Here’s a midweek hot take: I think Ed Woodward is doing a great handling the Romelu Lukaku negotiations. United want £80 million for the striker (£5m of any fee would go to Everton and United want to recoup the £75 they paid for him).
Internazionale are offering less than that. They know Lukaku doesn’t fit into Ole Gunnar Solskjaer’s plans. They know the striker wants to leave. It should be cut and dry; If you’re United you don’t want an uncommitted player wallowing around your club.
United fans have mixed opinions about Lukaku. Some love him, some not so much. I’m very much on record as being part of the latter group. At the end of May, I did a ton of research trying to figure out just exactly what Lukaku is. It’s one of the highest trafficked posts on my blog, and I ultimately concluded that he’s the best second tier striker out there. He’s just not the top tier striker United need.
Selling Lukaku would be the best for all parties. Lukaku doesn’t want to spend a season in his prime on the bench. United could surely benefit from clearing his lofty wages off their books. But that doesn’t mean they have to sell him and Woodward should be commended for not balking at his asking price. Despite everything I’ve written about the Belgian, he can still help United win this year.
When Ole Gunnar Solskjaer took over as United manager in December there was a noticeable change in how United played. They were now going to press teams and run on them. They featured a dynamic front three of Marcus Rashford, Jesse Lingard, and Anthony Martial.
United were at their best playing this way until injury and fatigue caught up to them. They didn’t have anyone else who could step into the front three and play that style.
That exposed United’s biggest problem: they could only play one way. Lukaku doesn’t fit that style and the rest of the team didn’t fit the style that best suits Lukaku.
This preseason wasn’t just about rebuilding the players on the team and gaining fitness. It was about building a team that can play in multiple styles when the time calls for it.
Title winning teams don’t win every match 4-0. They win a lot of matches 4-0 but what separates the title winners from third or fourth is their ability to find a breakthrough and win 1-0 when things aren’t going well.
Over the past few years, whether it was under Solskjaer, José Mourinho, or Louis van Gaal United had one way of playing. Home or away, big club or small club, the team played with the same tactics week in week out.
For the most part, they did fine against the big clubs. Yes, there were some embarrassing duds in there, but there were also big wins that were equally embarrassing for their opponents.
What separated United from the title race wasn’t their performance against the rest of the top four. It was consistently being inconsistent against the minnows of the league. Failing to beat the Burnleys and West Broms at home. Losing to all three newly promoted sides. Being the only Premier League team to not win at Huddersfield.
When teams thwarted United’s initial plan they had no answer. Marouane Fellaini’s 12 Premier League goals wasn’t much of a Plan B.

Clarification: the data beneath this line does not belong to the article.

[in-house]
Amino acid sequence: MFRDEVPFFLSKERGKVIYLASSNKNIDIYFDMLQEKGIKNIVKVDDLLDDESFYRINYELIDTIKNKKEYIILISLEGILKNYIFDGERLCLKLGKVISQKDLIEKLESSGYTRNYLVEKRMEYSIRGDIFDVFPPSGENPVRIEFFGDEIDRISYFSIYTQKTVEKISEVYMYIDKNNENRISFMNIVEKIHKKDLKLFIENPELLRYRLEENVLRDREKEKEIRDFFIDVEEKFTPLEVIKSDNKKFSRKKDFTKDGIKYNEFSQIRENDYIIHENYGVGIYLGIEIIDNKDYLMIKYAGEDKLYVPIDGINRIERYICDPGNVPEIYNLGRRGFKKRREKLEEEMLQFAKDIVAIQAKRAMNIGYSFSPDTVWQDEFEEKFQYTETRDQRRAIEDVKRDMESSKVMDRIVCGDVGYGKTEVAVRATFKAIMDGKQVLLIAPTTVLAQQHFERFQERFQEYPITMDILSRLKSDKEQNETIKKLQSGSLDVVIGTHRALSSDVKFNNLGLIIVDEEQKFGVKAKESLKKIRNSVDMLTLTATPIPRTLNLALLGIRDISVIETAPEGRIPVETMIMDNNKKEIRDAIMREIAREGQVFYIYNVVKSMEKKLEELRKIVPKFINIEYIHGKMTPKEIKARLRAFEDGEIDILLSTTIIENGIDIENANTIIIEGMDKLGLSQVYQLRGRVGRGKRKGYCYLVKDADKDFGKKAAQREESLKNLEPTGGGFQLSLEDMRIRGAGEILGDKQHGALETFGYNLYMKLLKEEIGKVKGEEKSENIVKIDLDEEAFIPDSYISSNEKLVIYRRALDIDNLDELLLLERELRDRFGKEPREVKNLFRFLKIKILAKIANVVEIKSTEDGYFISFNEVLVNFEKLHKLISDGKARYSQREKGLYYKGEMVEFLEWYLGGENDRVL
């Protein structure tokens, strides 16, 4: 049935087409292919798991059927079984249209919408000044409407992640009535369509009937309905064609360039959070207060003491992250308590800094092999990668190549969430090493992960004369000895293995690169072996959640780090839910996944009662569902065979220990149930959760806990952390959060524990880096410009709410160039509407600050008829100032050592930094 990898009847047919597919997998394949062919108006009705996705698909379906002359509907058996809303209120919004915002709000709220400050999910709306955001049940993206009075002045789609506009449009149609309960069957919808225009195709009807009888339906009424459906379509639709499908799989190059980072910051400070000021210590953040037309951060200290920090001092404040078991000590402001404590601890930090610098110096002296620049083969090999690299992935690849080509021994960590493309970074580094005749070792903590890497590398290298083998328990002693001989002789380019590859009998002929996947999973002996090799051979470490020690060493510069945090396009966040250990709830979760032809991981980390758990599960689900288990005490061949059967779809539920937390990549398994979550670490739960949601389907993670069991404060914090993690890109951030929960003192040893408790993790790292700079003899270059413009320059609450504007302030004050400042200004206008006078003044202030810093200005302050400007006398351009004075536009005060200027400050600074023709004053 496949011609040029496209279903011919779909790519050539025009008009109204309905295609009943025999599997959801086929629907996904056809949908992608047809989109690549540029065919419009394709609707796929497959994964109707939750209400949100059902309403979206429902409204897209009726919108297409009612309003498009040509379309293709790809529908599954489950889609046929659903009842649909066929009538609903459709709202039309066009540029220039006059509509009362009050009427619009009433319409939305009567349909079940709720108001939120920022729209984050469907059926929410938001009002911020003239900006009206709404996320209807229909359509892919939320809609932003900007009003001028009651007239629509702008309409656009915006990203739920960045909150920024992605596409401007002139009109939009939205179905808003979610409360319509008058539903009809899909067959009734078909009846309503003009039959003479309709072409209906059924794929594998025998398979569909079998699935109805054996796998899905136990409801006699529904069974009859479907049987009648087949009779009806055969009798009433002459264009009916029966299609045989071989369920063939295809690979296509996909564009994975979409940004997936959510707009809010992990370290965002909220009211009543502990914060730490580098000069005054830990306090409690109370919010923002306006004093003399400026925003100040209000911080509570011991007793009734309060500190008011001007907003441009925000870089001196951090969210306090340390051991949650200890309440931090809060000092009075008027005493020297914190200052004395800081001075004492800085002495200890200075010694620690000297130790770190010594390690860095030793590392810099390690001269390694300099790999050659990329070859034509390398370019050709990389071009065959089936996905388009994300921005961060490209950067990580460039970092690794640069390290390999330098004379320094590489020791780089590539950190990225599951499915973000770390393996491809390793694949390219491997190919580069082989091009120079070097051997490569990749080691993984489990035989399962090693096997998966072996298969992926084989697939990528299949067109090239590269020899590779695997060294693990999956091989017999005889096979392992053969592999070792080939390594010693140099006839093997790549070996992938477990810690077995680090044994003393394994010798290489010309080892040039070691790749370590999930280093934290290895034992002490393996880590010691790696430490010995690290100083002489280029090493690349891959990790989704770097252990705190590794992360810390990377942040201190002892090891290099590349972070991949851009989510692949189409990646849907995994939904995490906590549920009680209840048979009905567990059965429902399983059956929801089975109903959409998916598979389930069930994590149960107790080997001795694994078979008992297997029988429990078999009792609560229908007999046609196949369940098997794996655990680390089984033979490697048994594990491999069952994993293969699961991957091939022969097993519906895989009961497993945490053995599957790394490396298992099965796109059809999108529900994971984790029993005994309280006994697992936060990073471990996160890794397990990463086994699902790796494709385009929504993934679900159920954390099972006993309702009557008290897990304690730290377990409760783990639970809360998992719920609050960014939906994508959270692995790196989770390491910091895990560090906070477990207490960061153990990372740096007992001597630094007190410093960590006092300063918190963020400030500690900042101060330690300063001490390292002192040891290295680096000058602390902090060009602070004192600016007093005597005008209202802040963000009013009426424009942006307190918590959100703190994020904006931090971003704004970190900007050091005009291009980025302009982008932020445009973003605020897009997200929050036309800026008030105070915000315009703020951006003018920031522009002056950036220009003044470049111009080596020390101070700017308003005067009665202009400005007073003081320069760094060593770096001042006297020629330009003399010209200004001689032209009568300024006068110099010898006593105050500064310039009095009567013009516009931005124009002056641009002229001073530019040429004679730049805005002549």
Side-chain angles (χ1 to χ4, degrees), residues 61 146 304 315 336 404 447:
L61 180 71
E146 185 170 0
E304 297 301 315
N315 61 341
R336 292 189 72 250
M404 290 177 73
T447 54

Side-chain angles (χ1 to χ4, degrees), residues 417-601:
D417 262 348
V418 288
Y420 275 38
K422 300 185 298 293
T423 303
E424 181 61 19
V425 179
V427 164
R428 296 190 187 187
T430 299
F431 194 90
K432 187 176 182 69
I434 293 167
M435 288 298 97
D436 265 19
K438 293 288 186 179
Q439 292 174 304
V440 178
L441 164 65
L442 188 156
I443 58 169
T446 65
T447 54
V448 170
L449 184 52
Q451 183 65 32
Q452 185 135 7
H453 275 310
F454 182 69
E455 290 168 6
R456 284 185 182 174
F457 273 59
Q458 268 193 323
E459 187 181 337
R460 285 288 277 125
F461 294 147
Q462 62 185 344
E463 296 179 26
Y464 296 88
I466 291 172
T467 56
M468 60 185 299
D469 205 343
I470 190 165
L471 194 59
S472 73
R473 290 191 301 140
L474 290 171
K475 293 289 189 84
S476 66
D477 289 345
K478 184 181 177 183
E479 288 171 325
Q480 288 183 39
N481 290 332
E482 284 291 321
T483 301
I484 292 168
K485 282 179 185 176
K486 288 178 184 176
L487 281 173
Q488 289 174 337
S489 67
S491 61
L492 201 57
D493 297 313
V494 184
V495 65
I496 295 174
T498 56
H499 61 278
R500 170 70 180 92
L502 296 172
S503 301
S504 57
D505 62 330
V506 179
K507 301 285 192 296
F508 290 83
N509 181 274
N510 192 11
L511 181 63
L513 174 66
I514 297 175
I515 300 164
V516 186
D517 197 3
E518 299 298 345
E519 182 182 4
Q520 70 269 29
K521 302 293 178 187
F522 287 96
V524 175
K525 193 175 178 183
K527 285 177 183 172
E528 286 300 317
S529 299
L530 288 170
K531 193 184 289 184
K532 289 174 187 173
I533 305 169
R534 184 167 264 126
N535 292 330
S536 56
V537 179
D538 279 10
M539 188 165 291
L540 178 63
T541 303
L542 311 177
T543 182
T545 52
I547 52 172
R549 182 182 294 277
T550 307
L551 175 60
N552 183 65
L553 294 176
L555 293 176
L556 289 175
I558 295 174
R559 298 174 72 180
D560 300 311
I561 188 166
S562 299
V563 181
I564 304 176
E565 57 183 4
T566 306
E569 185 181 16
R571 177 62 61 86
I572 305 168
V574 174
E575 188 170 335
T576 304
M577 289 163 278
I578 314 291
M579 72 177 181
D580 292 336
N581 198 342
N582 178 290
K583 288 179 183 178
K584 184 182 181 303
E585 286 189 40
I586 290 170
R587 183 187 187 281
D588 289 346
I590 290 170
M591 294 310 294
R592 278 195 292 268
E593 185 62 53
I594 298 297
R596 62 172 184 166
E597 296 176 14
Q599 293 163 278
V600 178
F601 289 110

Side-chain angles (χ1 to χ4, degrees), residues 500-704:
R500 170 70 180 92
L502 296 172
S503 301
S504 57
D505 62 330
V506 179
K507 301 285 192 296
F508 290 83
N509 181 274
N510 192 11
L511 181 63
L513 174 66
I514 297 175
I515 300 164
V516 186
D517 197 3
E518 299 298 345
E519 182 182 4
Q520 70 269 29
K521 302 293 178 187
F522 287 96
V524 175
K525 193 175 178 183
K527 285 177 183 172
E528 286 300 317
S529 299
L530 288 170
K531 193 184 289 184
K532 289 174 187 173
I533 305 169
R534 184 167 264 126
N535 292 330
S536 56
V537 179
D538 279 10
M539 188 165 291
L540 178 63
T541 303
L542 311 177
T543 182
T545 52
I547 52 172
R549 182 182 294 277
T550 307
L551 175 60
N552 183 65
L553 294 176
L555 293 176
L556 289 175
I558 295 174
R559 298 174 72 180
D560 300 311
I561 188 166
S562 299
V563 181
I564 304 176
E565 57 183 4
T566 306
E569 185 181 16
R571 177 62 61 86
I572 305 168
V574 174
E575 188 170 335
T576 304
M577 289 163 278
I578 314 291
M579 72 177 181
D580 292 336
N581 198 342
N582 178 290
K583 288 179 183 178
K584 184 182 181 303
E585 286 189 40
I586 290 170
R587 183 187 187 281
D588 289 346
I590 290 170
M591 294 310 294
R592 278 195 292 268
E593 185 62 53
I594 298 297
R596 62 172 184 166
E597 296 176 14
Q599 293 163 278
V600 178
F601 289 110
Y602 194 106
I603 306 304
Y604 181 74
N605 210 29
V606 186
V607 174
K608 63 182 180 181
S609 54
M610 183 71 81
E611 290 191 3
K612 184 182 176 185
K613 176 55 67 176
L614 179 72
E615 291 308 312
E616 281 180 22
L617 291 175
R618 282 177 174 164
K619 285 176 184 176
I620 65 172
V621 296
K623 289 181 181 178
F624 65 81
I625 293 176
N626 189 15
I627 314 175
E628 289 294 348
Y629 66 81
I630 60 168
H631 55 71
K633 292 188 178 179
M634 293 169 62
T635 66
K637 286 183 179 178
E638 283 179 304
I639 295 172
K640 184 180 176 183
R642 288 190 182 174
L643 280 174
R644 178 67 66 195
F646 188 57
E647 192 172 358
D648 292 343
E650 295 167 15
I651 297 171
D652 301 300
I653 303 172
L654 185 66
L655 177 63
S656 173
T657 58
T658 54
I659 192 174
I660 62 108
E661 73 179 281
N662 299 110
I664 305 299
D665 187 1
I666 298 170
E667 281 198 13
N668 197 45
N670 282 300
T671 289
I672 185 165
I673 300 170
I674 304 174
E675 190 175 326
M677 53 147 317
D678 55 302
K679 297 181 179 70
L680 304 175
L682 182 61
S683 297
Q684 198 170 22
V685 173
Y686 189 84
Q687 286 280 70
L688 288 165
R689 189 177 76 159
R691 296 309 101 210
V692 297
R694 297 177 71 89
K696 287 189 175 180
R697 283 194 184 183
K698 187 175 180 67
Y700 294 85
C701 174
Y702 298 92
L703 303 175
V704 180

How does Lukaku fit into this? Solskjaer is building a team that can play multiple styles.
Daniel James is a pacy winger who can play as part of Solskjaer’s dynamic font three, or as a traditional winger who can provide service to Lukaku. It may only be preseason but Mason Greenwood has been giving the Reds a legitimate right wing option that they haven’t had in quite some time.
Ultimately that high pressing style is going to be Solskjaer’s preference this season, which is why Lukaku knows he won’t be first choice. But with the ability to change styles, Solskjaer could sporadically pick when to unleash Lukaku.
We already know Lukaku thrives against teams outside the top six. He’s at his best against mid table teams that have a go against United. With new options out wide, Soskjaer can bring in Lukaku to provide a different look for United, and provide much needed rest to either Rashford or Martial.
Playing Lukaku requires United to change the way they play when he’s on the field, which is something the club is now more equipped to handle. They’ll be able to change their tactics and shape based on who their opponents are. Instead of trotting out the front three that benefits from pressing and running, they can change their style of play, and keep the pressers fresh for the matches when they’ll need them.
As I mentioned before, United’s biggest issue in recent years wasn’t at the top, it was inconsistency against the rest of the league that killed them. It was against teams that liked to sit back and defend. Whereas runners and counter attackers Rashford and Martial struggle in these games, Lukaku dominates these teams.
At the start of Solskjaer’s reign, Lukaku found success coming off the bench. While it’s not his ideal role, it still a far better plan B than bringing on Fellaini and having everyone try to hoof the ball to him.
All of this of course requires Lukaku to buy in to Solskjaer’s plan, something that he has not yet done. At the moment selling Lukaku is still the move that benefits everyone.
If no sale happens Lukaku can still play a significant role for United this year. This isn’t a sell at all cost situation (like Alexis Sánchez), and Ed Woodward should be commended for not wavering.